The Toronto International Film Festival—a historic source of artistry and culture
How TIFF has impacted artists and film enthusiasts—from its debut till now.

The Toronto International Film Festival (TIFF) began in October of 1976 under its original name, Festival of Festivals. Out of the 127 films that premiered during TIFF’s debut, the festival placed importance on sharing the stories and empowering the voices of marginalized and overlooked communities. According to its mission statement, TIFF has since brought together professionals and the public to “transform the way people see the world through film.” The festival is currently one of the most prestigious in the world, with over 300 annual film screenings and 500,000 attendees. 

TIFF is essential to Toronto’s culture. The celebrities who attend the festival are spotted in and around Toronto’s Entertainment District—the epitome of Toronto’s art culture. Waves of international visitors swamp the streets during the festival. Often, the accompanying media coverage will spotlight some of the city’s hidden gems, like restaurants and theatres. Toronto-based artists and businesses are given the opportunity to gain exposure and to connect with industry professionals from all over the world. 

TIFF is a multicultural hub of artistry that showcases foreign and domestic independent films. The films might touch on topics like race, gender, or niche-subcultures. This year, some of TIFF’s most celebrated screenings were centered around themes of sexuality, gender, and racism. The stories of individuals who were once silenced are now appreciated by today’s generation of viewers.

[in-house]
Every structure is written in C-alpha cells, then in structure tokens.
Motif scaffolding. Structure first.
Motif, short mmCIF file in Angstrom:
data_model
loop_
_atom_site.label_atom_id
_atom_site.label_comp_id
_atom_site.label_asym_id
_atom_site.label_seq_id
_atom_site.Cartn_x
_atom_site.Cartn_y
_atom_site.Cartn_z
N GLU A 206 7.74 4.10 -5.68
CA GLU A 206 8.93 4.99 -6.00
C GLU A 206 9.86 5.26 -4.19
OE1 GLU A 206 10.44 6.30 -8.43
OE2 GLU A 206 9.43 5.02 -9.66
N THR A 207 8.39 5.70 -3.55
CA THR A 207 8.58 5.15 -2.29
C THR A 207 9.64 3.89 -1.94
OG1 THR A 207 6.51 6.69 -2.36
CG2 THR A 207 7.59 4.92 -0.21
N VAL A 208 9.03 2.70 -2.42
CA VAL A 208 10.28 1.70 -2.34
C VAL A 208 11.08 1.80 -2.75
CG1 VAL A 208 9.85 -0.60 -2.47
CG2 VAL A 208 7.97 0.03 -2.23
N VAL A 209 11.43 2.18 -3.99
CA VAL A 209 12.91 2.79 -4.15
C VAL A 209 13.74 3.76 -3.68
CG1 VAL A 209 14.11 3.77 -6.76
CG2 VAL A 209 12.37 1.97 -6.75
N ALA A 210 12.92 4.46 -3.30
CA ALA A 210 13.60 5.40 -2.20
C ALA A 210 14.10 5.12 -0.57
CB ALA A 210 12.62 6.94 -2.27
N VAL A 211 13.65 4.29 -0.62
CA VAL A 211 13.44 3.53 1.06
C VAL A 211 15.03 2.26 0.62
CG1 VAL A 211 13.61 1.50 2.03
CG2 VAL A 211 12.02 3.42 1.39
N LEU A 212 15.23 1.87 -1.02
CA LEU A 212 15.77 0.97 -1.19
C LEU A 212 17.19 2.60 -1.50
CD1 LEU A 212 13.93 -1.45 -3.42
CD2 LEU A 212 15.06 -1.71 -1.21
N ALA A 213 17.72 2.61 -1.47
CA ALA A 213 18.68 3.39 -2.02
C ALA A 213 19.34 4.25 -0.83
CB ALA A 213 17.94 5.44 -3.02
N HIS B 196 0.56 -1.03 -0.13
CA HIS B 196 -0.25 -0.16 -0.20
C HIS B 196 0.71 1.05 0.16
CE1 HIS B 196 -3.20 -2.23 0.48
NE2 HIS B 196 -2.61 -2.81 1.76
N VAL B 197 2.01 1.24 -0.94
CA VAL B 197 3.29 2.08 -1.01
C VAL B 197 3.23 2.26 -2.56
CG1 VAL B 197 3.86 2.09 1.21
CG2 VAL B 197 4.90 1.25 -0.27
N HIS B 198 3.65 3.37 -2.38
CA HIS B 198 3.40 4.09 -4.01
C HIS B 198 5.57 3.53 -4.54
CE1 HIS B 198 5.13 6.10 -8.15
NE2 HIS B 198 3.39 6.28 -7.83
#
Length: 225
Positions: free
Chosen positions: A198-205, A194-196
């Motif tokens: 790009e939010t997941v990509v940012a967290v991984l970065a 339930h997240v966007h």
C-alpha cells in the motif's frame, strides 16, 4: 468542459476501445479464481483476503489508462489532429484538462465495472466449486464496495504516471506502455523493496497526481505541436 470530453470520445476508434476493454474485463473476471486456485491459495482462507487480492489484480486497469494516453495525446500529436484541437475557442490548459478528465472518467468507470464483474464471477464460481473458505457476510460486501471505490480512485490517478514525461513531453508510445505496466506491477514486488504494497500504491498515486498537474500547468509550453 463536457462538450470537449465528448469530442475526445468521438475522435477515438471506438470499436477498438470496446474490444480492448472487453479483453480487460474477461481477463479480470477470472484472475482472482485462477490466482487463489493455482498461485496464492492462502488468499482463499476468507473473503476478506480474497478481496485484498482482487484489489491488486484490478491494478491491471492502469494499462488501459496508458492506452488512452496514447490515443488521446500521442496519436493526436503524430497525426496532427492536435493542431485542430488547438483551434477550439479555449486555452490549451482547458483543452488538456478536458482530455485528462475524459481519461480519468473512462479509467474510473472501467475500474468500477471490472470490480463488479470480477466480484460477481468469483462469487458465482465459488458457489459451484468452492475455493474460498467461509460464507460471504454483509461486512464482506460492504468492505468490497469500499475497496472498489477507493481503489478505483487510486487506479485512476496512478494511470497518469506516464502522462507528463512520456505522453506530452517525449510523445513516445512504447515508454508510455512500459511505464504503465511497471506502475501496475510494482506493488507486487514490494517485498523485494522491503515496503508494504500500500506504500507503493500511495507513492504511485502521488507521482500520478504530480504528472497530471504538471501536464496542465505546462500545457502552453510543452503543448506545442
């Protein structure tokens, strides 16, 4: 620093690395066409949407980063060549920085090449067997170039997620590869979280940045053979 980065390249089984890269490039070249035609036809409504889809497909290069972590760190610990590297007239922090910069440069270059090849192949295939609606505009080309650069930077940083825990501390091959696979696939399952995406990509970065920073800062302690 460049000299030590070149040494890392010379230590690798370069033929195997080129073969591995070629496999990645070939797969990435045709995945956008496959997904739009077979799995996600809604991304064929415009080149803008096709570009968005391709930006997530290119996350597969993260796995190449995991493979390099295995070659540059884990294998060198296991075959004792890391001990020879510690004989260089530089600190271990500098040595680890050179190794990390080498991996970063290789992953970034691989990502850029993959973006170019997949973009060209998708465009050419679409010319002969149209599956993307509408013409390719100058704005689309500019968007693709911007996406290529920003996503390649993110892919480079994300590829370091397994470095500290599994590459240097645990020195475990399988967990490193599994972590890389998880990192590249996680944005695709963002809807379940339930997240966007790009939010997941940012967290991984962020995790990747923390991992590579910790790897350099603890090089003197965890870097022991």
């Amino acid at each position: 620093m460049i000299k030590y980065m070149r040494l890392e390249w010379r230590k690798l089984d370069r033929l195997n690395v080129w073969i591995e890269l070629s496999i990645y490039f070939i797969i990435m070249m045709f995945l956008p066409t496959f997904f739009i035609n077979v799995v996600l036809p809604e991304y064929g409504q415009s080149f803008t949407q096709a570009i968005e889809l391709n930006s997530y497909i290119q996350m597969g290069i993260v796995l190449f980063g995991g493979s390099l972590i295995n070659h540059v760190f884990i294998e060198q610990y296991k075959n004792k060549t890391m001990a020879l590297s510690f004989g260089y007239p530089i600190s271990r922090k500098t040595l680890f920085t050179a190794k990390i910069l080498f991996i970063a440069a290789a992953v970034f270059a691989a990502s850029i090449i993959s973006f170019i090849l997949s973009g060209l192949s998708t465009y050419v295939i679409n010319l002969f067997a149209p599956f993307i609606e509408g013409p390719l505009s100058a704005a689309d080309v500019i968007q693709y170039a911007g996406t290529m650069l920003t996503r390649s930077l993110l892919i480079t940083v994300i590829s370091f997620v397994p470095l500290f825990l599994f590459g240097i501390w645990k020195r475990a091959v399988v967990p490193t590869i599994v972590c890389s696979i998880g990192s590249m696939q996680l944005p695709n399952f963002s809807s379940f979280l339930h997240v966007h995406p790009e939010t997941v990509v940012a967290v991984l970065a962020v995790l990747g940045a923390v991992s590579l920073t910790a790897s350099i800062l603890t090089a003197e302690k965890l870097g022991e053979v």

An undeniable TIFF 2022 standout was Aristotle and Dante Discover the Secrets of the Universe (Dir. Aitch Alberto). The film is based on a book of the same name written by Benjamin Alire Sáenz. This coming-of-age film follows two teenage Mexican-American boys, Aristotle “Ari” Mendoza (Max Pelayo) and Dante Quintana (Reese Gonzales) as they navigate masculinity, vulnerability, and Mexican culture in 1987 El Paso, Texas. In an interview with Deadline Hollywood, Alberto described the film as one that “redefines masculinity” and casts a “lens on male vulnerability that includes a more compassionate and empathetic gaze.” She added that: “At its core, Ari and Dante tells a story of self-discovery and acceptance.” The film is an excellent example of the opportunities TIFF provides for artists that are underrepresented in Hollywood. 

Films inspire us, entertain us, and let us explore the world through the eyes of others. They have the power to change cultures, traditions, and beliefs. Through festivals like TIFF, we become inspired to engage with movies that are not readily available on our at-home streaming platforms. We are encouraged to take part in art that pushes us out of our comfort zones. If you ever find yourself in Toronto in September, find a screening and take a plunge into the wonders of TIFF’s riveting waves of art.

Staff Writer (Volume 49) — Kuicmar is completing a Forensic Biology specialization and a Creative Writing minor. This is Kuicmar’s first year as a staff writer for The Medium. She usually writes for the Opinions and Arts and Entertainment sections. She can’t wait to share her thoughts, opinions, and poetry. When she’s not studying or writing, you can find her watching movies, shooting arrows in archery, updating her Letterboxd, watching F1 content, reading NASA articles, or listening to music. You can find Kuicmar on her Instagram and Linkedin.


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